It's not often one hears a note of unqualified optimism on behalf of what IT can contribute to an insurance enterprise, but Deborah Smallwood, chief transformation officer, ICW Group Insurance Services did just that as a reflection on her experience of driving a rapid technology transformation of the San Diego-based property/casualty insurer, as part of her presentation"Just Do It: Making Insurance Company Transformation a Reality," at Insurance & Technology's Executive Summit, held this year at The Phoenician, Scottsdale, Ariz. "We're the hub of the insurance industry," Smallwood said of CIOs, whose technology serves as the circulatory systems for insurance companies. "We are in a position to really transform the industry."Smallwood was brought on board at ICW to transform that company, after an engagement with the carrier as a TowerGroup analyst and consultant. While the ICW was making money, its leadership felt it needed to change, both in view of a hardening market, and of the likely effects of the burgeoning technological superiority of competing companies over the long haul.
Her evaluation of the company's current state was not the stuff that optimism is made of. "I found that we had no clear business strategy, no clear alignment between IT and business, no governance, no project management, and that the company was very manual," she said. "We had over 800 focus reports and numerous data stores."
Despite the generally backward state of the company's processes and technology, Smallwood judged from her analysis that, "the gaps were bridgeable." She was subsequently given authorization to drive a change to bring ICW from "laggard" to "fast follower" status, from a technology point of view. "In six to nine months we had to reorganize to align business to IT, have a single entry point from the business into IT, and develop a common strategy between the business and IT," she reported.
The initial transformation effort involved enlarging the IT organization from 80 to 130 professionals, along with 25 consultants. ICW also forged partnerships with Insurity, CSC, and IBM. Those partnerships, Smallwood asserted, have driven the introduction of project management disciplines and methodologies, supported the institution of an architectural blueprint and have already been instrumental in "delivering major projects that were out of control."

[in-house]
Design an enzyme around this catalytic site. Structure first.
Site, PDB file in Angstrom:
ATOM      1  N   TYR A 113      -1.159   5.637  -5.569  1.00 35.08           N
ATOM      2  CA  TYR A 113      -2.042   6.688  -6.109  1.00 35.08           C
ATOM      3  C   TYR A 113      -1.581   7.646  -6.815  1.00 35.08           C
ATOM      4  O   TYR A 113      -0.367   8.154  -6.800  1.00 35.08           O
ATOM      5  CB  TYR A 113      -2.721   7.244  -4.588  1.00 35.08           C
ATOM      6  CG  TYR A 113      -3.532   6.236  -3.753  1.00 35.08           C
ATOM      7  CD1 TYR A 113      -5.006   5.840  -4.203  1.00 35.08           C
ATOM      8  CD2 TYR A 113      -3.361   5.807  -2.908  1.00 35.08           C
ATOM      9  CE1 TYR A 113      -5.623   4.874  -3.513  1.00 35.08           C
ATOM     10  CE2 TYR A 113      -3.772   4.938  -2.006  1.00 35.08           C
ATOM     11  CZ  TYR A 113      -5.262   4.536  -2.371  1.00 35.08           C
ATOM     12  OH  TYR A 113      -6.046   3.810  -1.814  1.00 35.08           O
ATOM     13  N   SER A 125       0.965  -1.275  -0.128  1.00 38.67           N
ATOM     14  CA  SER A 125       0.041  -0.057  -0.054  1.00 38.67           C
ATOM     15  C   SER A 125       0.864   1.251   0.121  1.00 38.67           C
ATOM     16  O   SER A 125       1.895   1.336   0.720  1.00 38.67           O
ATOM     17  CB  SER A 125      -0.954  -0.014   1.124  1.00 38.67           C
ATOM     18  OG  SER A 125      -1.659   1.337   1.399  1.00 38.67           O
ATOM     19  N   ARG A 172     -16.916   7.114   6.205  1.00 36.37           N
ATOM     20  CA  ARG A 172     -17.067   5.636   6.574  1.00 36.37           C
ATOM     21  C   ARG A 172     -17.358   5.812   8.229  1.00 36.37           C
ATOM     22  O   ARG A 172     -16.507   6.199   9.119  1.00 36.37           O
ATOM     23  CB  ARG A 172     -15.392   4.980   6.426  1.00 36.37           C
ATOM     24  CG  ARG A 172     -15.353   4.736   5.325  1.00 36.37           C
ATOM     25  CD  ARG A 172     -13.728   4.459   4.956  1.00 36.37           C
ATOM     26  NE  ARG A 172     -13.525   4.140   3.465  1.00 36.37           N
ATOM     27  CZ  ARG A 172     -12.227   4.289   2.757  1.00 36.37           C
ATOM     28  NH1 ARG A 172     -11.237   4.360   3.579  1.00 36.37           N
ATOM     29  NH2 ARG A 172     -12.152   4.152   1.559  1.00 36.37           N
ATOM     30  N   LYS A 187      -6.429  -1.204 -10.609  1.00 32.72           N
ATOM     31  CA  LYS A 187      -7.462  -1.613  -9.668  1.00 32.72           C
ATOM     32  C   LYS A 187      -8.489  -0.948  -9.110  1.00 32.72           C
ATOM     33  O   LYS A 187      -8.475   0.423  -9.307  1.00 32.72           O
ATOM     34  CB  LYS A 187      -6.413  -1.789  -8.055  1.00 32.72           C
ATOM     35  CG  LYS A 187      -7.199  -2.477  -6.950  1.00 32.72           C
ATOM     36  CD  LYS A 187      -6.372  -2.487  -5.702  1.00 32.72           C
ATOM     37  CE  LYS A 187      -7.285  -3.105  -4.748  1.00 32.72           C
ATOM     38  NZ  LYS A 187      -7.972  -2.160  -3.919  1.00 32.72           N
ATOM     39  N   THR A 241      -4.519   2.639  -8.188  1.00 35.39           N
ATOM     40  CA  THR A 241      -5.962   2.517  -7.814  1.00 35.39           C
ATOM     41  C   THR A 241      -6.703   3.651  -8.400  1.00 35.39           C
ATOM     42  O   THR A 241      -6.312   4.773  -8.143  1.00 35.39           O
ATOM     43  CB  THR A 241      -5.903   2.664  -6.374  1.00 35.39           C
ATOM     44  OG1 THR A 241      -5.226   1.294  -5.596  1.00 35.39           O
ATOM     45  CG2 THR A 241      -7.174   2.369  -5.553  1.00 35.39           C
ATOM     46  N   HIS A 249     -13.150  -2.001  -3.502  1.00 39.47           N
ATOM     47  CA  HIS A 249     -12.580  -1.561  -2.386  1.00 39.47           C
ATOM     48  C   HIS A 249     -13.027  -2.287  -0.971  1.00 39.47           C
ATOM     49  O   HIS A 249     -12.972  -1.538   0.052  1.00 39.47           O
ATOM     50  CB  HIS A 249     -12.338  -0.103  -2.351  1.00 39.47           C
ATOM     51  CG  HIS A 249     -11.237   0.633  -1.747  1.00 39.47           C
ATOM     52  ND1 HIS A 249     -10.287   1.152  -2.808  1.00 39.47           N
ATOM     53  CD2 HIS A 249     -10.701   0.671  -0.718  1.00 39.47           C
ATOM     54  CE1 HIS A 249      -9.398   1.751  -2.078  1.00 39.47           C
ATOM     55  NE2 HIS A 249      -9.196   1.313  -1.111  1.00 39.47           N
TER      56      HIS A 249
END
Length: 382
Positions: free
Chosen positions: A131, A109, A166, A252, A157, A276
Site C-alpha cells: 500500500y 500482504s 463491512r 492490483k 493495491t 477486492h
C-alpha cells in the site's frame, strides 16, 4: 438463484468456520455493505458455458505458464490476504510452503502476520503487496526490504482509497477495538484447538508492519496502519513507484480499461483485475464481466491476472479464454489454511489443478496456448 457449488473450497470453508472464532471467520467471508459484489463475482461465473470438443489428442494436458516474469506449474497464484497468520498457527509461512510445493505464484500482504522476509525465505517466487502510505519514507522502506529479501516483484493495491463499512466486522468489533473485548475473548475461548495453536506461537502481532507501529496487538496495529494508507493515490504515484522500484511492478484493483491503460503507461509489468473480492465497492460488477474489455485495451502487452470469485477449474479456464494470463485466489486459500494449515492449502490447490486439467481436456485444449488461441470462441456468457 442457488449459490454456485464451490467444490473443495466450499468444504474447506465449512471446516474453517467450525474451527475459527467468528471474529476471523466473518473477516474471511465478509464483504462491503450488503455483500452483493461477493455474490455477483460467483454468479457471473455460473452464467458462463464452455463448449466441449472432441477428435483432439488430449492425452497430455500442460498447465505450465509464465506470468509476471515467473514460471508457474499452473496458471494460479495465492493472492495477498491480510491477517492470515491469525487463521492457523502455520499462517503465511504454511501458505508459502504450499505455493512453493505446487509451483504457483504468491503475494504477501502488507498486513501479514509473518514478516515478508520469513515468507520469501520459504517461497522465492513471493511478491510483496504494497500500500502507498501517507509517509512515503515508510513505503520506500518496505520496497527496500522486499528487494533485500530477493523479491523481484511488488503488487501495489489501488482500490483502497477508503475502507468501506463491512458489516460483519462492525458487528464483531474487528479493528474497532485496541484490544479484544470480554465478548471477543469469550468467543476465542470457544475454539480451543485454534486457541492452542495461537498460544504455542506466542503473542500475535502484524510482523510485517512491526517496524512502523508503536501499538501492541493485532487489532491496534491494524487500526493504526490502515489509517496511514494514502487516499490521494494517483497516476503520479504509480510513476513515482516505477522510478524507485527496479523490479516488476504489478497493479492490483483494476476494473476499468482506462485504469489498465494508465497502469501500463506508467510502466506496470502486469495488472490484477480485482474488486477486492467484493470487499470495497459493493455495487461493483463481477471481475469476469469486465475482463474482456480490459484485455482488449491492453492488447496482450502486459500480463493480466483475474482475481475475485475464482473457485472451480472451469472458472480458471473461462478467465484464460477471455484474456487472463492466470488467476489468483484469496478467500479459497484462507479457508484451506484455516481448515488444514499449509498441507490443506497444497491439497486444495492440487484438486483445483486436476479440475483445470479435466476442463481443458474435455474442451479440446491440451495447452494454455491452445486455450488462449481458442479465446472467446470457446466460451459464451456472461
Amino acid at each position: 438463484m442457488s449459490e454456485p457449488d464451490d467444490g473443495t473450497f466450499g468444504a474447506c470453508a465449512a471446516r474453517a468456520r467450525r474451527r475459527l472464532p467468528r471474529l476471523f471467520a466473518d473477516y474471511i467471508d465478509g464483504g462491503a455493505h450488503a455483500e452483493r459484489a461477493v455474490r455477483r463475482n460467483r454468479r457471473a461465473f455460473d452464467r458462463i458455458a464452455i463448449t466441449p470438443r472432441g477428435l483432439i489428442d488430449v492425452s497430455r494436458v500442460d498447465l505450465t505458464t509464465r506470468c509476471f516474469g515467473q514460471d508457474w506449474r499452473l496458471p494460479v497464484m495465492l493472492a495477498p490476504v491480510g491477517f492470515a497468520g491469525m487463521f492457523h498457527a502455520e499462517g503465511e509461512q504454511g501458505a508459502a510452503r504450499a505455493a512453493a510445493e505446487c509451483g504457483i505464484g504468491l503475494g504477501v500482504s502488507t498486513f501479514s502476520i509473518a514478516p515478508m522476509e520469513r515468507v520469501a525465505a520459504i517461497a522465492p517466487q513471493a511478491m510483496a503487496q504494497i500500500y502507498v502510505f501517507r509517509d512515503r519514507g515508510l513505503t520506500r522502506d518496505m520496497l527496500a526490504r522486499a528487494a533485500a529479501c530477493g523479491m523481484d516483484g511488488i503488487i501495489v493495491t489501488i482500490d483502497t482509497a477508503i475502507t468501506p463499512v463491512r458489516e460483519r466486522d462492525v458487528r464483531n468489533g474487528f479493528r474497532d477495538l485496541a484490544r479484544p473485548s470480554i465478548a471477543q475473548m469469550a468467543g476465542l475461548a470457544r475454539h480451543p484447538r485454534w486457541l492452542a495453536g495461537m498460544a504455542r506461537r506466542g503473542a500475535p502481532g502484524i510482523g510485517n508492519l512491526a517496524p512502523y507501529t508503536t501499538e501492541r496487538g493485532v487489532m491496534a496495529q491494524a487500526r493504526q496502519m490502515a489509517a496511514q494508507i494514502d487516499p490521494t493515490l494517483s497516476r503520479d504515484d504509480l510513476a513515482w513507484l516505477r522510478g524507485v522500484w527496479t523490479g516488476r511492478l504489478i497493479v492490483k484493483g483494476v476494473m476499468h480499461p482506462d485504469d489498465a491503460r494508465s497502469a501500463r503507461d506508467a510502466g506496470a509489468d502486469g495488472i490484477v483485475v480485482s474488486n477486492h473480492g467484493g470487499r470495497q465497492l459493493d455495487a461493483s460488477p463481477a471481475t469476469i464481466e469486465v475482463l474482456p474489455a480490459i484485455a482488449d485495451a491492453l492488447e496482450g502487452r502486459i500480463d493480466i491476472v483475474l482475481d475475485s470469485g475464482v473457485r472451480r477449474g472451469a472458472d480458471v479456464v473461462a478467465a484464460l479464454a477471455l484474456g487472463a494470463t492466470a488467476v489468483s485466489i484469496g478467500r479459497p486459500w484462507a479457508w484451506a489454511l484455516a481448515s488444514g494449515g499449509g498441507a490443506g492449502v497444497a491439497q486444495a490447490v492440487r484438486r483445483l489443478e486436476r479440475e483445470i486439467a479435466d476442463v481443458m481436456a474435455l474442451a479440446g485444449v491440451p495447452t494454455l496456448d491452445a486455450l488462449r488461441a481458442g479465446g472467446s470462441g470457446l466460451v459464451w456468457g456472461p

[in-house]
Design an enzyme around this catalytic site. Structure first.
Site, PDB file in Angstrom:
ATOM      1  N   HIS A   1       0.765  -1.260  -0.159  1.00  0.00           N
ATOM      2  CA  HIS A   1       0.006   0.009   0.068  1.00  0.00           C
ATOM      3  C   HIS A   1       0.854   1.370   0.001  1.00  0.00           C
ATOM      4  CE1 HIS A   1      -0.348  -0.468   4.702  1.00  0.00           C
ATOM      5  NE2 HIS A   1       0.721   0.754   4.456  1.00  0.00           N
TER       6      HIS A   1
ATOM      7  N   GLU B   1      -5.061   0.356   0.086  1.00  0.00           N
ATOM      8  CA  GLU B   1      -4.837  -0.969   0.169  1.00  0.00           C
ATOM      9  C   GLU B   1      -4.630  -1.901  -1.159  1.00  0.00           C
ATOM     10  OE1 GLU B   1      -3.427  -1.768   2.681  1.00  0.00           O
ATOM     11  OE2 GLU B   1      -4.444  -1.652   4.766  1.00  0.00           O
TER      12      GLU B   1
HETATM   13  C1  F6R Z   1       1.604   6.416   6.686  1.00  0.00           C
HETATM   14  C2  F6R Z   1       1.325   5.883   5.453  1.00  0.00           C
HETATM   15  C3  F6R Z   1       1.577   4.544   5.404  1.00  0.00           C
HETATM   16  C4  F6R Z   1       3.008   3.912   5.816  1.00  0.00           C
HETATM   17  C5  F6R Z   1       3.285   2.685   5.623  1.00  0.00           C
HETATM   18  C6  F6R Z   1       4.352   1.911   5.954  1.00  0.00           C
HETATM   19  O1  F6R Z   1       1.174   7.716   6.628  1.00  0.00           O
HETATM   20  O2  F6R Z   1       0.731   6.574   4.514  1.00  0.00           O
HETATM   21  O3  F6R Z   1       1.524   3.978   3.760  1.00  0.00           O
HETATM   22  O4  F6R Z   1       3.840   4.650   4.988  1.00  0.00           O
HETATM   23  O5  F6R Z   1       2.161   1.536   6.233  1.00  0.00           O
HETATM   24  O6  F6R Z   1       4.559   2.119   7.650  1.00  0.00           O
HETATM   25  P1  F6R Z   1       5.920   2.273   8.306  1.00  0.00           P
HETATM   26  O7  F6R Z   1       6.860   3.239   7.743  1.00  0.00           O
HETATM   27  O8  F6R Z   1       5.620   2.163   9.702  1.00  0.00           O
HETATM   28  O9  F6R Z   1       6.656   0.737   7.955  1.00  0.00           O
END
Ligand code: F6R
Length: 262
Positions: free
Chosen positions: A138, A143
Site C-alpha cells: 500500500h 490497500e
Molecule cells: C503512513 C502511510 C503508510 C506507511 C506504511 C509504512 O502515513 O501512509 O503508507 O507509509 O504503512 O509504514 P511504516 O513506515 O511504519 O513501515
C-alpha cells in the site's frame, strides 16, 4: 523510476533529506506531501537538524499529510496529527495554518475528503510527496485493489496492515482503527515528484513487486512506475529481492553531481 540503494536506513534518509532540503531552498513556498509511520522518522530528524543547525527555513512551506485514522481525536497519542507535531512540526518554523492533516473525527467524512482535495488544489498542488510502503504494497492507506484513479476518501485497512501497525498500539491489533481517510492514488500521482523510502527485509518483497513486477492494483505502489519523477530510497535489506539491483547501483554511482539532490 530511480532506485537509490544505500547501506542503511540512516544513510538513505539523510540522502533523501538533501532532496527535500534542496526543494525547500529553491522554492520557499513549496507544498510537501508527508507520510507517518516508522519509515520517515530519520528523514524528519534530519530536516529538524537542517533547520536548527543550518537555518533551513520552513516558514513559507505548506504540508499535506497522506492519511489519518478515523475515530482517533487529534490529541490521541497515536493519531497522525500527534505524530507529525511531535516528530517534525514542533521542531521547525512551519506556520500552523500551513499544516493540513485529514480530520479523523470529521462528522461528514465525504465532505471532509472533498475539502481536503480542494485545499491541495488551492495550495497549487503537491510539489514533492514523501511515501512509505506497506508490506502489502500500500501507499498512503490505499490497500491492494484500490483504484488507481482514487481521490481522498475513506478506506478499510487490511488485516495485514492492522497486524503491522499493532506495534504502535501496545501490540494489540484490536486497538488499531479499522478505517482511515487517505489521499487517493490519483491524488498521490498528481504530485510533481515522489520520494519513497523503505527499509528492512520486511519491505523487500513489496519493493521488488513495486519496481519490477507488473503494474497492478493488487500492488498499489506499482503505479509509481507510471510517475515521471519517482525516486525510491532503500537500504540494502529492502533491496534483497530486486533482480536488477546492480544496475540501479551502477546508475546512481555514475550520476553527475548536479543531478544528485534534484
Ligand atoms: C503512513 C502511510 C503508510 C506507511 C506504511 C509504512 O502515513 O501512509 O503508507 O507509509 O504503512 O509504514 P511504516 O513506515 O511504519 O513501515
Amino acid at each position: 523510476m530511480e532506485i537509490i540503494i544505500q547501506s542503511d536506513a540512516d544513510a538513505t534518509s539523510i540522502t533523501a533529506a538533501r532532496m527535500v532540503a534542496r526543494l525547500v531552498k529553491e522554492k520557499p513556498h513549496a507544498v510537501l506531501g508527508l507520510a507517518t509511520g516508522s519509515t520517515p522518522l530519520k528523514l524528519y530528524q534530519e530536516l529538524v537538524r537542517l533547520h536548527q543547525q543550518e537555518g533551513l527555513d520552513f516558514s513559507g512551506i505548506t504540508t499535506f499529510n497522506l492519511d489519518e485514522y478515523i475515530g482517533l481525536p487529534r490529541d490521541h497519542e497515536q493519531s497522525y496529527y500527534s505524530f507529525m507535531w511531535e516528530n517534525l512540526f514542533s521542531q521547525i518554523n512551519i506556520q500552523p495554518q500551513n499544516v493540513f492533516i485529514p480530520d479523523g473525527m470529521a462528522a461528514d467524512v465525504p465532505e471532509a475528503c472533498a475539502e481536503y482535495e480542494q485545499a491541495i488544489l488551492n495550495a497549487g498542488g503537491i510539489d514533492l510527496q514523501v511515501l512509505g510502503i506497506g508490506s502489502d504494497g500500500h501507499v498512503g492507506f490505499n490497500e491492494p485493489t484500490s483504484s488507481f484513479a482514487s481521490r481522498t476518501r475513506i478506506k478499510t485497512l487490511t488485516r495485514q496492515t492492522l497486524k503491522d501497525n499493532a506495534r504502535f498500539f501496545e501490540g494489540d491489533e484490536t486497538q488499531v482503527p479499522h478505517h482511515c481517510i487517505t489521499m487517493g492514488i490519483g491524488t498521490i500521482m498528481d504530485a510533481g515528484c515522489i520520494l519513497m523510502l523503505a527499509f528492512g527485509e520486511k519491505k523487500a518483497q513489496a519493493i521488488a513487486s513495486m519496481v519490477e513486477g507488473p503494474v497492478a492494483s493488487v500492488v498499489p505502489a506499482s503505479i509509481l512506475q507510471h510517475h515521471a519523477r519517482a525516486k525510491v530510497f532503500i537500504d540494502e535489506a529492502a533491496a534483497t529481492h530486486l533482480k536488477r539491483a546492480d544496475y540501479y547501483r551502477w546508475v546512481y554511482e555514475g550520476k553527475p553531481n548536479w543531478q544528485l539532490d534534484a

One of these was a runaway data warehouse project that has now seen a successfully completed first release. The new data warehouse will, among other things, provide the basis for reducing the number of the aforementioned 800 reports.
Reflecting on the success so far at ICW, Smallwood drew some observations about IT's role for insurance companies today that she believes should motivate transformational efforts. She said she had learned that, "IT best practices, methods and techniques are mature; ramping up IT is doable, fast and achievable; we are masters at it all and masters of change."
Smallwood then cautioned that transformation was evolutionary and that "we are never done." In developing a vision for change, she added, "you always have to know where you're going, but you need to adapt as you go.""We're the hub of the insurance industry," ICW's Deborah Smallwood said of CIOs, whose technology serves as the circulatory systems for insurance companies. "We are in a position to really transform the industry."
Anthony O'Donnell has covered technology in the insurance industry since 2000, when he joined the editorial staff of Insurance & Technology. As an editor and reporter for I&T and the InformationWeek Financial Services of TechWeb he has written on all areas of information ... View Full Bio